Gordon wheel direction noise

I have a Ben Franklin Gordon
I noticed something odd, when I start the rotation of the flywheel back towards me there is a noise that comes from I think the small wheel that has a dip in it that makes the front decorative grill move in and out. The noise is sort of a slight scrape noise. Kinda like when you scoot something across a concrete floor, BUT when the flywheel is rotated away from me the noise doesn’t occur. Not sure that the small depressed wheel is it, it may just be where the grill moves in and out on its hinge

I realize his is sort of a vague description but I’m not good at explaining mechanics

I need to get some oil and go over it I know
Any input would help on this noise


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The press will operate and print with the flywheel going either way
I was taught to spin the flywheel over the top and away from me. I was taught that there was a reason and that the press was made to spin that way. It made sense. I have long since forgotten the reason.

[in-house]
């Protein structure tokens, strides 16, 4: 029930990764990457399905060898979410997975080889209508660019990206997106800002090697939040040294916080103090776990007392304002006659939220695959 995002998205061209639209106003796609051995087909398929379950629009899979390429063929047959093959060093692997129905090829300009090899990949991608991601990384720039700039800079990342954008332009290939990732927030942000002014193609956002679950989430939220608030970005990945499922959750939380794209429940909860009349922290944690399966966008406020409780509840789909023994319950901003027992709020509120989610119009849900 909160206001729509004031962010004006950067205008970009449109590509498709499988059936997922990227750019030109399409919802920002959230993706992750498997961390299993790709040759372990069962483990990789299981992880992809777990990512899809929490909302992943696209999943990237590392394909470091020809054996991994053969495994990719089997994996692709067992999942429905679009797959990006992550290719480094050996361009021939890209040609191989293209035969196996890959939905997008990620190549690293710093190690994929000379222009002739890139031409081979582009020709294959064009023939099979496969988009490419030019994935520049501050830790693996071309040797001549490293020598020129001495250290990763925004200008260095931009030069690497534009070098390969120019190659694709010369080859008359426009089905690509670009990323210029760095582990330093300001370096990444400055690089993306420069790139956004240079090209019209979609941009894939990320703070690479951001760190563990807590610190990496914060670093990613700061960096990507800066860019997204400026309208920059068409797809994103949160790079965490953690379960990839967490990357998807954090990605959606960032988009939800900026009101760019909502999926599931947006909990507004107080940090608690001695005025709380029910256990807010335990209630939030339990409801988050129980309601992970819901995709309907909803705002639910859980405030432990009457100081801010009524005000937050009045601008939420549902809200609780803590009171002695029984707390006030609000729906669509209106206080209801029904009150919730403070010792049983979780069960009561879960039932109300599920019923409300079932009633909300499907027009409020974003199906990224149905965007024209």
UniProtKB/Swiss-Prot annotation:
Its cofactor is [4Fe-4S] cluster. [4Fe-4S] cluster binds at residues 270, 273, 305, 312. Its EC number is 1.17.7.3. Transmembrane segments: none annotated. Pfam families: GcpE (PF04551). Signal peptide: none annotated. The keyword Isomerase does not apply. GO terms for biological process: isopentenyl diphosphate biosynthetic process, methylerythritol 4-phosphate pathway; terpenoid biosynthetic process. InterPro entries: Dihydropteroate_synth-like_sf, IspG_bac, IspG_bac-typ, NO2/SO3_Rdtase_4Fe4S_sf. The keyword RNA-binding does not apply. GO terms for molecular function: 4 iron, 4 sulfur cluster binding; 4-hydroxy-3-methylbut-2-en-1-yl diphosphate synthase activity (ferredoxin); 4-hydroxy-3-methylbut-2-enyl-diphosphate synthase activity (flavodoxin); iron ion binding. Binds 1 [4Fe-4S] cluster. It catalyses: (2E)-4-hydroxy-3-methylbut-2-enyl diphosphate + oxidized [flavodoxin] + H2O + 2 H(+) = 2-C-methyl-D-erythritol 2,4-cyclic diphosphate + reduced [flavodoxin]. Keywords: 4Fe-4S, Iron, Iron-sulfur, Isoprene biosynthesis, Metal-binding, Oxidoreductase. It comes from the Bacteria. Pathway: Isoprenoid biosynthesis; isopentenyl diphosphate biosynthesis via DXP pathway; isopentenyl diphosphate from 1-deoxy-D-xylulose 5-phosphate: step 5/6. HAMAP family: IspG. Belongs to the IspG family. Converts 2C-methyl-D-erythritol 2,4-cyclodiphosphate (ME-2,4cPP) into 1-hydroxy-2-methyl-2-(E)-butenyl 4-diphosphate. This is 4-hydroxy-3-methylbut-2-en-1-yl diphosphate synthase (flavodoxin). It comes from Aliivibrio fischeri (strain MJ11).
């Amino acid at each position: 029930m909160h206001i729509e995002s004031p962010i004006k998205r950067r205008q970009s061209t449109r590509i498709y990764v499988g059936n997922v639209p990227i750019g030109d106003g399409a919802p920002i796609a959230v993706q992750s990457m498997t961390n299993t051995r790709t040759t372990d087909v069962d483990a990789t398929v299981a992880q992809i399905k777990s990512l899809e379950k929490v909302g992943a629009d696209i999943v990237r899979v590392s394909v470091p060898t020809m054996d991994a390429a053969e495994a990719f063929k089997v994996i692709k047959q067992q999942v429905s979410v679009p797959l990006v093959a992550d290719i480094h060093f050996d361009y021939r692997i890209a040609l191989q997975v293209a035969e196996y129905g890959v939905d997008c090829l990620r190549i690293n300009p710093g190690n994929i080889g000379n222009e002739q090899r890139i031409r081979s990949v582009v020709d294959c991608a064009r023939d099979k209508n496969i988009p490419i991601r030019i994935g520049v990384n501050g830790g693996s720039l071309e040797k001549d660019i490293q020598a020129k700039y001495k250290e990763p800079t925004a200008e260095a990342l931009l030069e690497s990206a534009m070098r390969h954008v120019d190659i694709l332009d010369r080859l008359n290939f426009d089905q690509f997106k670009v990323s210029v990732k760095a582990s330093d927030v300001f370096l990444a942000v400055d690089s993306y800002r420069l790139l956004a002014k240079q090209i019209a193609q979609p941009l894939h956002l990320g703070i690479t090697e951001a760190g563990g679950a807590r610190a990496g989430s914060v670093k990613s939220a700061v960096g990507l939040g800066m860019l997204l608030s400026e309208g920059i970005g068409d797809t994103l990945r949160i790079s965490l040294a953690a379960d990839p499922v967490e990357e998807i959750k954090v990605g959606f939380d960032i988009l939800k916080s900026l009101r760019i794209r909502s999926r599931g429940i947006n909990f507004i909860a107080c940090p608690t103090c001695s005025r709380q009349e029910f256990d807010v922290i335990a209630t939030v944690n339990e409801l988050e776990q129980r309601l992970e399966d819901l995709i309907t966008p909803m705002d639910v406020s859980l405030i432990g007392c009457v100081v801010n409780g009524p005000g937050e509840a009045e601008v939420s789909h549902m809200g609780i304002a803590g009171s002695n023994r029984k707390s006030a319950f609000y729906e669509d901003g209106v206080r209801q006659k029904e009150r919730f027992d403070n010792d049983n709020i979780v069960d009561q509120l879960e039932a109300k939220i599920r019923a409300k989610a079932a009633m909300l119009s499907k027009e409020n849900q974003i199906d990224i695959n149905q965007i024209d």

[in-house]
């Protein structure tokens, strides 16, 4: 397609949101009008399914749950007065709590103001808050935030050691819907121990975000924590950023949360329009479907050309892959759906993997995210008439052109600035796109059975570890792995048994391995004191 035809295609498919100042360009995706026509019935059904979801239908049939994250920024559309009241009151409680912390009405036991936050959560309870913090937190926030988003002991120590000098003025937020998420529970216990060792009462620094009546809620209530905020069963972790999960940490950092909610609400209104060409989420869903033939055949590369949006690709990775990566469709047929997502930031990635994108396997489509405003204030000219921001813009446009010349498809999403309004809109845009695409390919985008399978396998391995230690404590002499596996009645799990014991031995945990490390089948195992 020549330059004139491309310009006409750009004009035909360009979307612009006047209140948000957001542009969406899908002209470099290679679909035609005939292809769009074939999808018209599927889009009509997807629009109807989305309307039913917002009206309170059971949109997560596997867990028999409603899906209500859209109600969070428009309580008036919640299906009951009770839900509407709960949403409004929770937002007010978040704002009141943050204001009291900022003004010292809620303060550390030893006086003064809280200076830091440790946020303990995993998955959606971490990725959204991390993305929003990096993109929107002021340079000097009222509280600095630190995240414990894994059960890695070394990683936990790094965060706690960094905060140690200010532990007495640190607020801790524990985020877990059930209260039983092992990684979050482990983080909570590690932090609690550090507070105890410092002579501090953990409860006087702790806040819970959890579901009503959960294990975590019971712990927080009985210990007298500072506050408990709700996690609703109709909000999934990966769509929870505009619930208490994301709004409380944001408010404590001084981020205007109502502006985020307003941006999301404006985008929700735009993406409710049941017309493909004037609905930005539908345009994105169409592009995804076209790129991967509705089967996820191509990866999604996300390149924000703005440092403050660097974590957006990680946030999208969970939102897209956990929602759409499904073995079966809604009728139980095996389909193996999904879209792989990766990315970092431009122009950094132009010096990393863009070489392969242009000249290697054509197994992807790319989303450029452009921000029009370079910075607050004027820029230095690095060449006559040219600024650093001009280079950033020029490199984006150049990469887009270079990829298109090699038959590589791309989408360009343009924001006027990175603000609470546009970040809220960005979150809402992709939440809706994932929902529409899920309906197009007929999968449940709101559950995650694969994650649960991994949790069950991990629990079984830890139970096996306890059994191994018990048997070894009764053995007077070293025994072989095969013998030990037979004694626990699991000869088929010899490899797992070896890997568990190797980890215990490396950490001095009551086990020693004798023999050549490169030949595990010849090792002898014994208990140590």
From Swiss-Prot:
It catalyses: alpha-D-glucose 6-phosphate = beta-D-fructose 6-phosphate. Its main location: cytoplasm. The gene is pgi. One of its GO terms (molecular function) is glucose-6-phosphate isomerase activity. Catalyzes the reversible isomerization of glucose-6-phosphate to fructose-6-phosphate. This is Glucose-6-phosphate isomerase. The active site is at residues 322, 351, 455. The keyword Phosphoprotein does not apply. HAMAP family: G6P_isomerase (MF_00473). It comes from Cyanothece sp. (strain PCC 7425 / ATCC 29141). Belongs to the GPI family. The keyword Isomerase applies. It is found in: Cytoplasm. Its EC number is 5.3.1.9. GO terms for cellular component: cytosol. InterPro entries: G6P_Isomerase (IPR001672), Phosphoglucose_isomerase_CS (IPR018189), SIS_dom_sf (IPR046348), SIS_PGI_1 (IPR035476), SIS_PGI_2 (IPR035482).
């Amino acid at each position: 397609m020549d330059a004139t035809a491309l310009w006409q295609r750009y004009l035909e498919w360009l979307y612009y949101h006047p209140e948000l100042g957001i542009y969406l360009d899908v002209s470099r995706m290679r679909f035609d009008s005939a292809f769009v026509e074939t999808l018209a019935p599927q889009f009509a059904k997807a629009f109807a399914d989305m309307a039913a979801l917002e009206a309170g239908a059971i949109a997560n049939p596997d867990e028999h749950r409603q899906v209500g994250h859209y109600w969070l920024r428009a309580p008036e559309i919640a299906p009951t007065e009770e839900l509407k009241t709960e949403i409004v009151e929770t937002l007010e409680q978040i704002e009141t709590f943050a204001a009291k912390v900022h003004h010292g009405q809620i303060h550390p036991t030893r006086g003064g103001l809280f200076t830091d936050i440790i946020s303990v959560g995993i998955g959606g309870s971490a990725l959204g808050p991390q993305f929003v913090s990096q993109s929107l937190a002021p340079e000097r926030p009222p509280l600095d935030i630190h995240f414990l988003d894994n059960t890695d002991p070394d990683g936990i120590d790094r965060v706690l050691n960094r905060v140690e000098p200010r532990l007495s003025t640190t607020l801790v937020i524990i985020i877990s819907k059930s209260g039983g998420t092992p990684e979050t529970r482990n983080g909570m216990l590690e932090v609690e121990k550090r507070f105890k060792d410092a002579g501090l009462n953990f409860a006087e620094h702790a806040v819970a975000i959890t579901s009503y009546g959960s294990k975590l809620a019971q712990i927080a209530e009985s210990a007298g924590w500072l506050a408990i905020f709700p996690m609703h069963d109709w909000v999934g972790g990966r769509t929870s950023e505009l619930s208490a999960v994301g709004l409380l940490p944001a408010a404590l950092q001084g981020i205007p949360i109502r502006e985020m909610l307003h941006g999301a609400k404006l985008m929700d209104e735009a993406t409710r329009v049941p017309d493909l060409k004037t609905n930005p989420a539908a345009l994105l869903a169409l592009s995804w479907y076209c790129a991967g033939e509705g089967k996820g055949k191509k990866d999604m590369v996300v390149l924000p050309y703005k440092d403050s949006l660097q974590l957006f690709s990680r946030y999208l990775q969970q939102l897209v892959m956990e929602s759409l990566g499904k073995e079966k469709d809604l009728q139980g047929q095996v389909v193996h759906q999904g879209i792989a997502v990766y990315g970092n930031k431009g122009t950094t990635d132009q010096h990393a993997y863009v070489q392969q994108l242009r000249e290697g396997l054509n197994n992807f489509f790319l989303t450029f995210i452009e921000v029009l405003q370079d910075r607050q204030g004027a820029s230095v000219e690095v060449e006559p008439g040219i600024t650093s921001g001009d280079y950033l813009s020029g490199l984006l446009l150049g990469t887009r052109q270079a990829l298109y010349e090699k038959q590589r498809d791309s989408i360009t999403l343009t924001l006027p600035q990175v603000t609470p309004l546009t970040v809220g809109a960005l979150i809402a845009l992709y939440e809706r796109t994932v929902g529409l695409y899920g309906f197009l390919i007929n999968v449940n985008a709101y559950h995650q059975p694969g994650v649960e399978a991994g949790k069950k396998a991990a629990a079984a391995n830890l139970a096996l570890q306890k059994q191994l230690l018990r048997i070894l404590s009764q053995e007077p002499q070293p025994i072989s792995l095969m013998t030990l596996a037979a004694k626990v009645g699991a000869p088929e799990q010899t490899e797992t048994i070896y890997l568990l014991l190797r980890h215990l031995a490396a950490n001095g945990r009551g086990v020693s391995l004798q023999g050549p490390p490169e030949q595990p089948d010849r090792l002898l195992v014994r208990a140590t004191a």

Yes, you really need to get some oil!!!!
I was also taught that you must oil the press each time before you use it. That may mean today, tomorrow and the next.
Also taught that if there isn’t some oil on the floor, you are not oiling it enough. Oil is cheap. Bend down and wipe some up.

If the flywheel is spinning away from the operator it usually creates less of a pinch point at the large bull gear on the opposite side of the press (which would be turning towards the operator).


On an old syle platen with curved spokes, the spokes indicate direction of rotation (assuming the flywheel hasn’t been flipped). The obtuse angle of the spokes as they meet the rim will push a hand away, but the acute angle will grab. Obtuse angles lead, acute angles trail.

The shape of the cam is such that if the top of the flywheel is rotating towards you there is a much greater strain on the press at the point that the platen rises. It also rises faster than when the press is running correctly which is: top of flywheel rotating away from you.

Thanks guys! I figured the spokes had a function other than beauty!

You know what they say…”different spokes for different folks”.
Oops…sorry…couldn’t help myself!